Related: Finding Romance Behind The Facemask
People were already touching each other less even before the pandemic. Rigid guidelines on workplace interaction, increased online activity, sexual misconduct scandals, and other societal phenomenon have greatly curtailed the presence of touch in normal platonic situations. When you put a viral pandemic on the coat tails of these measures, then you have a situation where people are already suffering a deficit in tactile stimulation.
Why is Touch So Important to the Human Body?
We have developed various coping mechanisms to help us feel less anxious or more balanced during the pandemic, but there is something about touch that is hardwired into our DNA. Humans are social animals. The sense of touch helped us to survive in groups. This can be observed in primates, as well. The act of physical grooming and stroking during high stress situations is a part of primate social regulation. Touch modulates our emotions on both a behavioral and a chemical level.
Our skin is full of nerve fibers that give us information about our environment. Some of those fibers relay information to the brain about sensations of heat, cold, and the dangers that are present in the environment around us. Yet, other nerve fibers register the pleasurable aspects of physical contact.
These nerve fibers, C tactile afferents, send signals to the brain that help us regulate our mood. When your loved ones give you a hug, your skin stimulates a process that reduces cortisol levels and boosts the feel-good hormones in your brain.
As humans, we might not recognize the importance of touch, but we certainly feel its absence. Without hugging for bereavement or to reduce the feelings of sadness, there’s nowhere to download the negative emotions that we’re experiencing.
The old adage – a shoulder to cry on – isn’t taken literally anymore, but that shoulder is an important component of the comfort we need from friends and family. By physically engaging with someone, we’re sending the signal to our brains to release the pressure valve of stress, to essentially reset our cortisol levels.
Ways to Cope with Touch Deprivation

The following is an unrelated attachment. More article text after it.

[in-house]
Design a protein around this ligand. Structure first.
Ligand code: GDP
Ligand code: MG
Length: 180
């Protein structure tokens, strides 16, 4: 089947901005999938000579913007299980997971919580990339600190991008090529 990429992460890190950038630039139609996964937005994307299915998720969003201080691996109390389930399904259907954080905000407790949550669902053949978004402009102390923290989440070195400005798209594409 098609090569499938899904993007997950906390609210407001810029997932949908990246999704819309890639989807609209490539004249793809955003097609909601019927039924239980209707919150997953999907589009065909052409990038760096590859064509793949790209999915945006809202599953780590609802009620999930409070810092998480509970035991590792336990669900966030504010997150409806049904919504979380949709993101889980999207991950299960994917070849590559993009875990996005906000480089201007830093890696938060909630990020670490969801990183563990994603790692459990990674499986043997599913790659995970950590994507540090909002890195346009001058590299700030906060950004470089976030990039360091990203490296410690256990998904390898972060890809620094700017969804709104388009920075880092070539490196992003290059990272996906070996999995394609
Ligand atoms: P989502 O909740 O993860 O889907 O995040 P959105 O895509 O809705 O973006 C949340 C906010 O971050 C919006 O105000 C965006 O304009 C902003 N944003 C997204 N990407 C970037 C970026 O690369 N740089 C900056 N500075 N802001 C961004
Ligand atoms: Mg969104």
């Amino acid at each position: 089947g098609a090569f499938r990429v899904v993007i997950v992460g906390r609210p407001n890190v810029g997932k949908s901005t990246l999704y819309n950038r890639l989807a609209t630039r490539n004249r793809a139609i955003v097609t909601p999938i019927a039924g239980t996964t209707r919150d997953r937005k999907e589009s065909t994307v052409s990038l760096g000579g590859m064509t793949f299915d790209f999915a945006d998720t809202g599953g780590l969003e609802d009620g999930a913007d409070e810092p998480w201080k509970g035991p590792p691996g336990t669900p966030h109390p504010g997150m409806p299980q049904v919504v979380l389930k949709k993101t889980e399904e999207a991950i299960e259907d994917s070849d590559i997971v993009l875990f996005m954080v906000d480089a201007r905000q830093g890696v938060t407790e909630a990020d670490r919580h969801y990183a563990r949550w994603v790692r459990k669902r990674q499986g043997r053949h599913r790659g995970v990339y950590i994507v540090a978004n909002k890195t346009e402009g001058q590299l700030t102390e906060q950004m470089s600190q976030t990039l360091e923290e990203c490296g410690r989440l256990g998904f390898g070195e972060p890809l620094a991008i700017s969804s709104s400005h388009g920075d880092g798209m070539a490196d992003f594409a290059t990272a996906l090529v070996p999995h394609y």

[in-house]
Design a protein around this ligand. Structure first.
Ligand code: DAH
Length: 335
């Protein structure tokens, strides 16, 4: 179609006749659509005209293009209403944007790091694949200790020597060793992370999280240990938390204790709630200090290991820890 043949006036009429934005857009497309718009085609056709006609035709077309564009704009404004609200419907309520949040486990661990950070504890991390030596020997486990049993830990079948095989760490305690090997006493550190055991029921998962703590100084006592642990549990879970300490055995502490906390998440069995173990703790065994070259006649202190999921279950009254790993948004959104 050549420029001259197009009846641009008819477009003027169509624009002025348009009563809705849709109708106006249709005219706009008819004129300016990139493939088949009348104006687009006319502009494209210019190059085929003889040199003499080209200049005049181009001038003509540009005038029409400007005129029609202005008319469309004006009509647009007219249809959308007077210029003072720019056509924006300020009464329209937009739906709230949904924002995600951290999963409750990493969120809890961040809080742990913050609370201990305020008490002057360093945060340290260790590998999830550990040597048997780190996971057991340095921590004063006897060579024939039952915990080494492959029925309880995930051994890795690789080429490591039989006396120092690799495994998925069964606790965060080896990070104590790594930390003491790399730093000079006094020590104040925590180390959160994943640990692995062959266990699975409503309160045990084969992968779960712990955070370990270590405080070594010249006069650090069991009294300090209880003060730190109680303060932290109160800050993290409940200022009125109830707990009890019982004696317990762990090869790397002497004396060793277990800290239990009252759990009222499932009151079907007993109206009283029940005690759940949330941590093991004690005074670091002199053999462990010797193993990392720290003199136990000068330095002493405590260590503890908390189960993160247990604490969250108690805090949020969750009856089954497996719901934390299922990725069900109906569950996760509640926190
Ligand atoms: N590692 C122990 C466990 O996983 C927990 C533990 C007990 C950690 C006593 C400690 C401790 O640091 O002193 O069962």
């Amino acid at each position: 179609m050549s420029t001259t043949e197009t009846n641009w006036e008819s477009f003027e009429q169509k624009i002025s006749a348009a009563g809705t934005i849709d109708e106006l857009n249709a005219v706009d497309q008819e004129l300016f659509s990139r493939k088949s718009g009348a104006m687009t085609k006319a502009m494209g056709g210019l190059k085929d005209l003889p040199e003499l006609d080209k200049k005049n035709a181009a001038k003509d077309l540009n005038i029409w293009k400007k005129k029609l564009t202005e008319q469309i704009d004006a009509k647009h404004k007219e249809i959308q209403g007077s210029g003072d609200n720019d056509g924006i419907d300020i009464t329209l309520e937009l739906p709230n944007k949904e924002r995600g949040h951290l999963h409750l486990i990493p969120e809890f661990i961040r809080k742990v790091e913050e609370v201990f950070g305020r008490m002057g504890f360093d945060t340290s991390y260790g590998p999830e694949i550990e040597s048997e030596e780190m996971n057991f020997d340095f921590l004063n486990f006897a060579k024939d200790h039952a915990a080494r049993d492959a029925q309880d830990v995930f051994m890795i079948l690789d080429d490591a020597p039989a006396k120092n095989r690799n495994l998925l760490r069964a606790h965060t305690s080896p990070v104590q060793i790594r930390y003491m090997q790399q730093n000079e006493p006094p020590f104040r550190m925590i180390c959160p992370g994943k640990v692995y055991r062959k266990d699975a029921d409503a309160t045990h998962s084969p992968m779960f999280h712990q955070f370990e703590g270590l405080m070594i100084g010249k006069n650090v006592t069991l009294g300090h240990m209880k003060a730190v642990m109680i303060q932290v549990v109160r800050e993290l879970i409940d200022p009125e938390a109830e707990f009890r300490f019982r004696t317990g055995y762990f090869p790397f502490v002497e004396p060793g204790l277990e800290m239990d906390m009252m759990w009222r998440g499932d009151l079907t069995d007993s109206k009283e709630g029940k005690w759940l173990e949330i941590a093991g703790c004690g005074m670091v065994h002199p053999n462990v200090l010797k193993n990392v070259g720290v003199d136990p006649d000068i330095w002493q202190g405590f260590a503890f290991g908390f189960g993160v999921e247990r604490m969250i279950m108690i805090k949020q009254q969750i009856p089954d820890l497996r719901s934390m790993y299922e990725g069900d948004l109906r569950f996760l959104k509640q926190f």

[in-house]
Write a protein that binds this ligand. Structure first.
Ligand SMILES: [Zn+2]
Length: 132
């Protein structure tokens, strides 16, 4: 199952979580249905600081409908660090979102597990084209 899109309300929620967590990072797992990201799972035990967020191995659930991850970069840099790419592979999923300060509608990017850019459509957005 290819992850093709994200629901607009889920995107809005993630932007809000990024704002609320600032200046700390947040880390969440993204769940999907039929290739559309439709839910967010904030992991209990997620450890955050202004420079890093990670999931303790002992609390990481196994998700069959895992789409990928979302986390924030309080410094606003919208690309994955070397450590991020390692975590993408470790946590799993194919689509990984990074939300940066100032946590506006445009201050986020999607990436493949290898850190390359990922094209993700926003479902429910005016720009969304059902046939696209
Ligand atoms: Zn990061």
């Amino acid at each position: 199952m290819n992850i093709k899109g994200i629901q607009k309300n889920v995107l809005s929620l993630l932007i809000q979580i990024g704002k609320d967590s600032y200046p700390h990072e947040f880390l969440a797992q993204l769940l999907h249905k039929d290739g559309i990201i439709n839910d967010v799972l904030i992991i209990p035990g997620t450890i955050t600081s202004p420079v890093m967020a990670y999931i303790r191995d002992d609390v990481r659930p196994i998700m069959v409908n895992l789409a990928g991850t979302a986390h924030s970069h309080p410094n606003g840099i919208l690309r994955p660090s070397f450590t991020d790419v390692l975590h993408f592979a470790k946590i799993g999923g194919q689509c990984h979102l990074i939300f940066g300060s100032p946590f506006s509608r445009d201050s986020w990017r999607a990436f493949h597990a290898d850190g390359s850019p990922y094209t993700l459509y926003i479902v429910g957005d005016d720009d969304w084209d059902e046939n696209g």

When social distancing forces us to neglect physical contact, our bodies are put under strain to find other ways to make us happy. That’s why so many people lean on alcohol, drugs and other easy fixes to compensate for touch deprivation.
There may be an uptick in the coming years of cuddling therapists and rent-a-cuddle services. These strange occupations already exist for the skin hungry, but their popularity is almost certain to grow once platonic touching is much safer.
One of the ways that people can substitute touching our loved ones is by watching people touch each other. That might sound a bit strange, but through a process called vicarious touch we can witness touch and feel the same emotions. Just as we feel pain when we see someone getting hurt.
In response to this yearning for human contact, Jimmy Kimmel Live posted a strange yet satisfying video to their YouTube page. It’s a 10-hour video of people touching each other. If you’ve been missing out on physical touch, then maybe you’d enjoy watching it, too.
Touch helps people to manage high stress situations and the COVID-19 pandemic has certainly put a lot of stress on people. It’s illuminated a need that most people either forgot was important or found other ways to compensate for. Yet, our nervous systems are working overtime to process all the stress of day-to-day living without the mechanisms that were hardwired into our DNA to help us cope.
Physical attachments are integral to our existence. Our sense of touch isn’t just providing sensations, it almost acts as an emotion in of itself. Touch is much more visceral than verbal communication. Its absence leaves a deficit that is hard to substitute.
Yet, you can increase your level of eye contact and deepen your bonds with friends and family. Check in with people around you. Exercise gratitude and empathy whenever you can. Try not to allow your loved ones or yourself to fall into long bouts of physical isolation.
There will be a next chapter to the COVID-19 pandemic. It’s important to make sure that touch deprivation doesn’t become part of the new normal.